Lesson 8: ‘Pop ‘n’ Play’, swingin’, ‘be-bop’ and other stuff apostrophized or in quote marks.

I’m getting less and less time to document in detail the enormous quantity of info that emanates from Master each week so I’m going to be starting to jot down basic ideas as reminders to myself later and try to remember the blanks based on these.

Pop and Play

Master said that this pearl of wisdom originated from She-Jazzer Emily Remler who noted that most budding Jazz musicians will at some point benefit from using a technique that she referred to as Pop ‘n’ Play. The basic idea being that you Pop a chord (i.e. just strum a chord) on the 1 beat, then Play a little connecting solo for the remaining beats.

Looking below, you can see we are in the key of G major. We start just by counting 1, 2, 3, 4 to get into the groove. After that, we just start playing a chord on each beat. From there, we then play a chord on 1, then rest for the remaining three beats. Next we play the chord stab on 1, then any notes in the key of G for the remaining three beats.

The next step (step 5) is where things get interesting; looking closely you’ll see that my chord stab is now on the 2nd beat of each bar. Hence, we play our chord, then solo over the end of the bar ending on a chord tone of the next chord prior to playing our next chord stab.  This is crucial – now instead of just a bunch of random notes from the key of G, my phrase leads towards the next chord by homing in on a chord tone – in the case of going from bar 1 to bar 2, I visualize all my Cmaj7 chord shapes and aim for one of those guys, and so on.

Taking a simple two chord vamp of Gmaj7 to Cmaj7, first count

  1. one    two     three    four  |  one    two     three    four 
  2. chord, chord, chord, chord | chord, chord, chord, chord
  3. chord,  rest,   rest,  rest     | chord,  rest,   rest,  rest
  4. chord, notes, notes, notes | chord, notes, notes, notes
  5. notes, chord, notes, notes | notes, chord, notes, notes

later in the lesson, we applied this to a I | vi | ii | V in G, i.e. Gmaj7 | Emin7 | Am7 | D7.

Be-Bop

Master mentioned this verbal device of saying the word ‘Be-Bop’ at the end of my phrases as I played some notes along with it which would give them some rhythmic impetus if played on the correct beat/half-beat. Need to ask him more about this – don’t really understand.

Swinging

Part of what makes Jazz cool is that ‘swing’ feel, i.e. those funny ‘and’ notes in-between the main beats. We spent some time grooving and trying to get my swing feel down, and gravitated towards this exercise/device below.

Essentially, swinging is all about the rhythm he said. In my geometric world of Rock and Metal, I would usually have started all my solo lines on the ‘1’ beat of a bar. Jazz, being more syncopated can be made to feel more swingin’ by  starting on different beats and different ‘ands’. We spent some time with him comping and me starting (and badly messing up) new lines on the ‘and of 1’, the ‘and of 2’ etc.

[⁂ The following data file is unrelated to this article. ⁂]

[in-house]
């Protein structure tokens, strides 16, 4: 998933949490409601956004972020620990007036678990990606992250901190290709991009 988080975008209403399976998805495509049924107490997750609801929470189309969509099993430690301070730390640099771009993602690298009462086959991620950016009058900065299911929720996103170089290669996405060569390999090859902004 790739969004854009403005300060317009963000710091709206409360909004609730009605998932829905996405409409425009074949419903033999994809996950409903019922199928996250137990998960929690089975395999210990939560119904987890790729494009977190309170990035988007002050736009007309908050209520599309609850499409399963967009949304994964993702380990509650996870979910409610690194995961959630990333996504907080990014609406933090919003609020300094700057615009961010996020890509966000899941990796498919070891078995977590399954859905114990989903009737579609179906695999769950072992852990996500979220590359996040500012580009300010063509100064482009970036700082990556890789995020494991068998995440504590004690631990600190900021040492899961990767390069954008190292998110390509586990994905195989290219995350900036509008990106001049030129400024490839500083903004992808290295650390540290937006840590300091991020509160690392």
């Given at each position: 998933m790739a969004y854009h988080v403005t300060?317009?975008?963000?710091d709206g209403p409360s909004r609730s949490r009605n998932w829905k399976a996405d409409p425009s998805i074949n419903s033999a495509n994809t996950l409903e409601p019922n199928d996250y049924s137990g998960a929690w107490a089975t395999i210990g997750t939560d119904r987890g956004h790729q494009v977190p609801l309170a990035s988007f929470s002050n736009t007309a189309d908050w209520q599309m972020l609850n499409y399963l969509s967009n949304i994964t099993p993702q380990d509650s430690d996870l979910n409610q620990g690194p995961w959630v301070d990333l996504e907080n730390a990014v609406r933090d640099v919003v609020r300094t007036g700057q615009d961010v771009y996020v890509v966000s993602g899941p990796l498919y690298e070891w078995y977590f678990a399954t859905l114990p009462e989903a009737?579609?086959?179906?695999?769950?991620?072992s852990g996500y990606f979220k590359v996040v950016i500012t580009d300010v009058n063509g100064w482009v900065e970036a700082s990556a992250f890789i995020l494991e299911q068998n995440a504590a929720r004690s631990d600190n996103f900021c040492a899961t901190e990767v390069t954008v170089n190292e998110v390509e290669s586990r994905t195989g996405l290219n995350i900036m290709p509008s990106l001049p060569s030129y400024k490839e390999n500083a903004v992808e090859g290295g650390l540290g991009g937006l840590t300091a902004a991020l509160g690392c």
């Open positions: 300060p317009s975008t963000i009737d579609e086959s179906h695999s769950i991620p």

1  &  2  &  3  &  4  &  | 1  &  2  &  3  &  4  &

    &  2  &  3  &  4  &  | 1  &  2  &  3  &  4  &

            &  3  &  4  &  | 1  &  2  &  3  &  4  &

                    &  4  &  | 1  &  2  &  3  &  4  &

Plenty more which I haven’t written here, but this post will end with this great quote from the Wikipedia article on Emily Remler (must track down some of her CDs):

“I may look like a nice Jewish girl from New Jersey, but inside I’m a 50-year-old, heavyset black man with a big thumb, like Wes Montgomery.”

Indeed.

Advertisements

2 Responses to “Lesson 8: ‘Pop ‘n’ Play’, swingin’, ‘be-bop’ and other stuff apostrophized or in quote marks.”

  1. […] out. Sorry. In the meantime, here’s something I’ve been learning recently to improve my improv: Lesson 8: ‘Pop ‘n’ Play’, swingin’, ‘be-bop’ and other stu… __________________ World’s most fabulous guitar blog: https://gitbuddy.wordpress.com […]

  2. […] unknown wrote an interesting post today onHere’s a quick excerptMaster said that this pearl of wisdom originated from She-Jazzer Emily Remler who noted that most budding Jazz musicians will at some point benefit from using a technique that she referred to as Pop ‘n’ Play. The basic idea being that … […]

Leave a Reply

Fill in your details below or click an icon to log in:

WordPress.com Logo

You are commenting using your WordPress.com account. Log Out / Change )

Twitter picture

You are commenting using your Twitter account. Log Out / Change )

Facebook photo

You are commenting using your Facebook account. Log Out / Change )

Google+ photo

You are commenting using your Google+ account. Log Out / Change )

Connecting to %s

%d bloggers like this: